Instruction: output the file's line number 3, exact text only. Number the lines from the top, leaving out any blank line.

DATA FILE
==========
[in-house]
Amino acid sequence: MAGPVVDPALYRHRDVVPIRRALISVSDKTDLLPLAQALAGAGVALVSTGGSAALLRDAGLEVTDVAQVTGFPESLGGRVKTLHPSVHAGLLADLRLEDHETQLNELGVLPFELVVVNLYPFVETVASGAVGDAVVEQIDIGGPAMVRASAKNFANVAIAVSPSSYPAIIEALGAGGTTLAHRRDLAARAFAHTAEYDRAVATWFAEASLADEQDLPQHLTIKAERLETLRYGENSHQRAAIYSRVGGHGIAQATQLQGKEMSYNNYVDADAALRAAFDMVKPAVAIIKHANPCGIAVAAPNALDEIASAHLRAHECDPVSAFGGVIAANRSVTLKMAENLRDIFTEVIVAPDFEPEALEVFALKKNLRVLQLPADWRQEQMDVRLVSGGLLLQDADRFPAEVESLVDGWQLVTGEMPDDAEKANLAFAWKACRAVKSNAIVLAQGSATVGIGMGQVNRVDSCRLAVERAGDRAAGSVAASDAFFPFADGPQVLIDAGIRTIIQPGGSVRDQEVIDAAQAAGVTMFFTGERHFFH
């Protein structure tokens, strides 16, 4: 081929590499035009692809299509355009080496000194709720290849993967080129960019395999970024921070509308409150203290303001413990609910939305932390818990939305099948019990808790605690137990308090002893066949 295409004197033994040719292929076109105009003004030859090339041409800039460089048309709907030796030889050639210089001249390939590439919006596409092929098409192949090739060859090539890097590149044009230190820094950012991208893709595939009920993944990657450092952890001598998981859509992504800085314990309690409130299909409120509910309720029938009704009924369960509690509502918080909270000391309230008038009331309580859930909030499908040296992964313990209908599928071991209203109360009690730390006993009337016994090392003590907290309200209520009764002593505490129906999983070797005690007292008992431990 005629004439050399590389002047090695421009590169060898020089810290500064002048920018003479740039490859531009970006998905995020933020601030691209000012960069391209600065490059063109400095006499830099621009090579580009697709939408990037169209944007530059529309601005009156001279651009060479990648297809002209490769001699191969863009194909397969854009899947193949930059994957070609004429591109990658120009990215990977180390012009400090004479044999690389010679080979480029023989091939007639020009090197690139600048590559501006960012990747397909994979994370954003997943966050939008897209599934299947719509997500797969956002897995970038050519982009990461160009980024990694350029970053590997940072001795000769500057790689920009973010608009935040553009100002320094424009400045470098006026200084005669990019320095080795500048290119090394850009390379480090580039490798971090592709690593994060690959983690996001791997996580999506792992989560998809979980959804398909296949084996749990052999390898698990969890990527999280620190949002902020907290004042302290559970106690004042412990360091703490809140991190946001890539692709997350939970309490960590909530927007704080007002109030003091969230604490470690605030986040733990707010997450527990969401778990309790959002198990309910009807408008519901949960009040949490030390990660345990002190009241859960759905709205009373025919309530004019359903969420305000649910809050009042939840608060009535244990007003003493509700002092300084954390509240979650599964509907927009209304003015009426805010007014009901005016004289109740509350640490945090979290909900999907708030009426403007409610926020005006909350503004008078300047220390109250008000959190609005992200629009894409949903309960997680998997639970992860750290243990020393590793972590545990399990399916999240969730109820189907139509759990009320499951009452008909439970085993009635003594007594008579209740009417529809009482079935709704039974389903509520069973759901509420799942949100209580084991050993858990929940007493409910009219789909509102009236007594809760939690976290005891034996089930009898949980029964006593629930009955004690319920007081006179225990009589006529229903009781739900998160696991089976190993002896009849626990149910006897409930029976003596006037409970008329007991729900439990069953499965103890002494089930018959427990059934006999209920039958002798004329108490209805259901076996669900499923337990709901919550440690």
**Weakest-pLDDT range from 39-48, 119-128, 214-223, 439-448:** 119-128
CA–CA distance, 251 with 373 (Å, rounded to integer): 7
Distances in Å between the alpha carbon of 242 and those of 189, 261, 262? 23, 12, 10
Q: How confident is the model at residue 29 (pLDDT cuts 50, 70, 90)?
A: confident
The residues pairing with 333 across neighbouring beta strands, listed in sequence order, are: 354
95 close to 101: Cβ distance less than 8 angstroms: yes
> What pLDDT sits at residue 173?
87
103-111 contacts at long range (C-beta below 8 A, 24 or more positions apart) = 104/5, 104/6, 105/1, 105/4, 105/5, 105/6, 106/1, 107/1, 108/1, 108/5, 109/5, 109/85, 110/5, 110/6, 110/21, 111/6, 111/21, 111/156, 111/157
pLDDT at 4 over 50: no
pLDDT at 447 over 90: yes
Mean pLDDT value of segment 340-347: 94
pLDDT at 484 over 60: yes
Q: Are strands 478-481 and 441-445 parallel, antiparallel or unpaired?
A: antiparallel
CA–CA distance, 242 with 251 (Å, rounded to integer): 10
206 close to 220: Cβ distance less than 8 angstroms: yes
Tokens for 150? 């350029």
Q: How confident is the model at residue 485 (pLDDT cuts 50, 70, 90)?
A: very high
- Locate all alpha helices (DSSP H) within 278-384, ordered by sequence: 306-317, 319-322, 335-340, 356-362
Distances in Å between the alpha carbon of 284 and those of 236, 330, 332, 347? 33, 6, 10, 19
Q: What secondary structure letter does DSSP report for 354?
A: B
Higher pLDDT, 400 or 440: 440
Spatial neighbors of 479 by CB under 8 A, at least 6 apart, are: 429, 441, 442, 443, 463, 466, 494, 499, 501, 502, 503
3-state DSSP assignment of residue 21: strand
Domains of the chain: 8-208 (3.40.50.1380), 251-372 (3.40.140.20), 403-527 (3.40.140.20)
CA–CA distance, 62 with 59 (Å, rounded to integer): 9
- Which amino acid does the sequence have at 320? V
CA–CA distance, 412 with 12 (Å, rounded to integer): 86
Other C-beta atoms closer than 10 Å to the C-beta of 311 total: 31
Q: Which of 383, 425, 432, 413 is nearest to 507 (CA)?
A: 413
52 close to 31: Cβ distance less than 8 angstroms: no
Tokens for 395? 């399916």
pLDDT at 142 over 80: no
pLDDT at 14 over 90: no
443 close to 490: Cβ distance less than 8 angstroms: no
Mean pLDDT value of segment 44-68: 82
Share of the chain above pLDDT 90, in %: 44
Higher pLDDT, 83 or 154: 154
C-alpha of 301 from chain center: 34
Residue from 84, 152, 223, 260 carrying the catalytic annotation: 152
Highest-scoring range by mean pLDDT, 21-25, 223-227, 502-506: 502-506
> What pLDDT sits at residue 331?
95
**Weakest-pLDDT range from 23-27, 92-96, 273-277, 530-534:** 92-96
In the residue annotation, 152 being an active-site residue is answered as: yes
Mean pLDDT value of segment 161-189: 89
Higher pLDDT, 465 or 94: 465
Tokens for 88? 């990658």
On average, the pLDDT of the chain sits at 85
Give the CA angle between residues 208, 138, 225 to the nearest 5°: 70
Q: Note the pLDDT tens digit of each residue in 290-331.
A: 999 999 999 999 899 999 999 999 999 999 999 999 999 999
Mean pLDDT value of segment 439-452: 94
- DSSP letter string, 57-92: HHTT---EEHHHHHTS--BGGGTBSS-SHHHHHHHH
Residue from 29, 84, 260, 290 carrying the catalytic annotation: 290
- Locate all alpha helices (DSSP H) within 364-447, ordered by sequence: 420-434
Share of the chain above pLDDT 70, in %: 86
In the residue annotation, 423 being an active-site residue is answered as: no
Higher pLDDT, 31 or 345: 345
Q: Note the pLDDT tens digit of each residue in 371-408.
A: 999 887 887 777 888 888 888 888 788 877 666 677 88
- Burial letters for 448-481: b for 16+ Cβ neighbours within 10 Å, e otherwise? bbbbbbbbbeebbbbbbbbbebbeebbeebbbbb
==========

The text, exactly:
């Protein structure tokens, strides 16, 4: 081929590499035009692809299509355009080496000194709720290849993967080129960019395999970024921070509308409150203290303001413990609910939305932390818990939305099948019990808790605690137990308090002893066949 295409004197033994040719292929076109105009003004030859090339041409800039460089048309709907030796030889050639210089001249390939590439919006596409092929098409192949090739060859090539890097590149044009230190820094950012991208893709595939009920993944990657450092952890001598998981859509992504800085314990309690409130299909409120509910309720029938009704009924369960509690509502918080909270000391309230008038009331309580859930909030499908040296992964313990209908599928071991209203109360009690730390006993009337016994090392003590907290309200209520009764002593505490129906999983070797005690007292008992431990 005629004439050399590389002047090695421009590169060898020089810290500064002048920018003479740039490859531009970006998905995020933020601030691209000012960069391209600065490059063109400095006499830099621009090579580009697709939408990037169209944007530059529309601005009156001279651009060479990648297809002209490769001699191969863009194909397969854009899947193949930059994957070609004429591109990658120009990215990977180390012009400090004479044999690389010679080979480029023989091939007639020009090197690139600048590559501006960012990747397909994979994370954003997943966050939008897209599934299947719509997500797969956002897995970038050519982009990461160009980024990694350029970053590997940072001795000769500057790689920009973010608009935040553009100002320094424009400045470098006026200084005669990019320095080795500048290119090394850009390379480090580039490798971090592709690593994060690959983690996001791997996580999506792992989560998809979980959804398909296949084996749990052999390898698990969890990527999280620190949002902020907290004042302290559970106690004042412990360091703490809140991190946001890539692709997350939970309490960590909530927007704080007002109030003091969230604490470690605030986040733990707010997450527990969401778990309790959002198990309910009807408008519901949960009040949490030390990660345990002190009241859960759905709205009373025919309530004019359903969420305000649910809050009042939840608060009535244990007003003493509700002092300084954390509240979650599964509907927009209304003015009426805010007014009901005016004289109740509350640490945090979290909900999907708030009426403007409610926020005006909350503004008078300047220390109250008000959190609005992200629009894409949903309960997680998997639970992860750290243990020393590793972590545990399990399916999240969730109820189907139509759990009320499951009452008909439970085993009635003594007594008579209740009417529809009482079935709704039974389903509520069973759901509420799942949100209580084991050993858990929940007493409910009219789909509102009236007594809760939690976290005891034996089930009898949980029964006593629930009955004690319920007081006179225990009589006529229903009781739900998160696991089976190993002896009849626990149910006897409930029976003596006037409970008329007991729900439990069953499965103890002494089930018959427990059934006999209920039958002798004329108490209805259901076996669900499923337990709901919550440690």